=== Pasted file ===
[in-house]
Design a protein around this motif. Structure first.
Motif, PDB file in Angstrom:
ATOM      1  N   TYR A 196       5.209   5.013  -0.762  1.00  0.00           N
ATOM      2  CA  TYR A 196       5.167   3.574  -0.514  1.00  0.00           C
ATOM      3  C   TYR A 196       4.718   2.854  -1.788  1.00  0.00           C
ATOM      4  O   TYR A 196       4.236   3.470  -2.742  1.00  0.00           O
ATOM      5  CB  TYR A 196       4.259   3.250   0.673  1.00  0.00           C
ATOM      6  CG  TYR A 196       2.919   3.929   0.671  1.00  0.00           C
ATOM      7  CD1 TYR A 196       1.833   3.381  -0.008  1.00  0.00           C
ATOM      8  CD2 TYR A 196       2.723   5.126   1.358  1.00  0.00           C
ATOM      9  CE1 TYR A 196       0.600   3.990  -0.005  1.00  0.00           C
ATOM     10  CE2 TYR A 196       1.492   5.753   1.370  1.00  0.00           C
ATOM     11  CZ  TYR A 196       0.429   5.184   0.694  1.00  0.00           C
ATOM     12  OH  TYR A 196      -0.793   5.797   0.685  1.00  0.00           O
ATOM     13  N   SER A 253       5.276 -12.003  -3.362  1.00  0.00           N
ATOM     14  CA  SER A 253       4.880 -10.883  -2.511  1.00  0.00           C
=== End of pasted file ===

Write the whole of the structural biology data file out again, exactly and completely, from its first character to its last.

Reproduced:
[in-house]
Design a protein around this motif. Structure first.
Motif, PDB file in Angstrom:
ATOM      1  N   TYR A 196       5.209   5.013  -0.762  1.00  0.00           N
ATOM      2  CA  TYR A 196       5.167   3.574  -0.514  1.00  0.00           C
ATOM      3  C   TYR A 196       4.718   2.854  -1.788  1.00  0.00           C
ATOM      4  O   TYR A 196       4.236   3.470  -2.742  1.00  0.00           O
ATOM      5  CB  TYR A 196       4.259   3.250   0.673  1.00  0.00           C
ATOM      6  CG  TYR A 196       2.919   3.929   0.671  1.00  0.00           C
ATOM      7  CD1 TYR A 196       1.833   3.381  -0.008  1.00  0.00           C
ATOM      8  CD2 TYR A 196       2.723   5.126   1.358  1.00  0.00           C
ATOM      9  CE1 TYR A 196       0.600   3.990  -0.005  1.00  0.00           C
ATOM     10  CE2 TYR A 196       1.492   5.753   1.370  1.00  0.00           C
ATOM     11  CZ  TYR A 196       0.429   5.184   0.694  1.00  0.00           C
ATOM     12  OH  TYR A 196      -0.793   5.797   0.685  1.00  0.00           O
ATOM     13  N   SER A 253       5.276 -12.003  -3.362  1.00  0.00           N
ATOM     14  CA  SER A 253       4.880 -10.883  -2.511  1.00  0.00           C